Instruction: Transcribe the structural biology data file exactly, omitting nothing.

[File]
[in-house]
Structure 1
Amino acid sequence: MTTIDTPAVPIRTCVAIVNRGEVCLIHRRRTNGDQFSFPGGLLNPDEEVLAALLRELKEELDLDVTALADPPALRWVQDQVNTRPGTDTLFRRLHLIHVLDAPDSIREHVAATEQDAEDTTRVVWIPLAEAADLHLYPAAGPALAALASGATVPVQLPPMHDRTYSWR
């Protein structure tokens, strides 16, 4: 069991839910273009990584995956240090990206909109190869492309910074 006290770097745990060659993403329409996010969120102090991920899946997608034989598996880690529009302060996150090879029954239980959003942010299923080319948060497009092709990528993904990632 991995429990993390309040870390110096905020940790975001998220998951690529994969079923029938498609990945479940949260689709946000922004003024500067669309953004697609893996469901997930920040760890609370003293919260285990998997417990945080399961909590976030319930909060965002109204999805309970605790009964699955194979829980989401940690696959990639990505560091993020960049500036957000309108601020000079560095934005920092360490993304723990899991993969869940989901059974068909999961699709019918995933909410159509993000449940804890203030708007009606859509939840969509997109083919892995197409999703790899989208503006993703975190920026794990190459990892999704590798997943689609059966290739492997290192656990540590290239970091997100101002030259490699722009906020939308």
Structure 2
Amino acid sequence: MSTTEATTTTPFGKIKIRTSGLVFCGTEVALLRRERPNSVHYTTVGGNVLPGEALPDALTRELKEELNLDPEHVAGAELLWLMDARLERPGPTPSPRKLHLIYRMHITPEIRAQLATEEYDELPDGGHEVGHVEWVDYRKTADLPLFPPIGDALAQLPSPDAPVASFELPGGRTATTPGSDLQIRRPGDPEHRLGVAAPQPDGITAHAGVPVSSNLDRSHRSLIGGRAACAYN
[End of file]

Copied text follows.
[in-house]
Structure 1
Amino acid sequence: MTTIDTPAVPIRTCVAIVNRGEVCLIHRRRTNGDQFSFPGGLLNPDEEVLAALLRELKEELDLDVTALADPPALRWVQDQVNTRPGTDTLFRRLHLIHVLDAPDSIREHVAATEQDAEDTTRVVWIPLAEAADLHLYPAAGPALAALASGATVPVQLPPMHDRTYSWR
């Protein structure tokens, strides 16, 4: 069991839910273009990584995956240090990206909109190869492309910074 006290770097745990060659993403329409996010969120102090991920899946997608034989598996880690529009302060996150090879029954239980959003942010299923080319948060497009092709990528993904990632 991995429990993390309040870390110096905020940790975001998220998951690529994969079923029938498609990945479940949260689709946000922004003024500067669309953004697609893996469901997930920040760890609370003293919260285990998997417990945080399961909590976030319930909060965002109204999805309970605790009964699955194979829980989401940690696959990639990505560091993020960049500036957000309108601020000079560095934005920092360490993304723990899991993969869940989901059974068909999961699709019918995933909410159509993000449940804890203030708007009606859509939840969509997109083919892995197409999703790899989208503006993703975190920026794990190459990892999704590798997943689609059966290739492997290192656990540590290239970091997100101002030259490699722009906020939308």
Structure 2
Amino acid sequence: MSTTEATTTTPFGKIKIRTSGLVFCGTEVALLRRERPNSVHYTTVGGNVLPGEALPDALTRELKEELNLDPEHVAGAELLWLMDARLERPGPTPSPRKLHLIYRMHITPEIRAQLATEEYDELPDGGHEVGHVEWVDYRKTADLPLFPPIGDALAQLPSPDAPVASFELPGGRTATTPGSDLQIRRPGDPEHRLGVAAPQPDGITAHAGVPVSSNLDRSHRSLIGGRAACAYN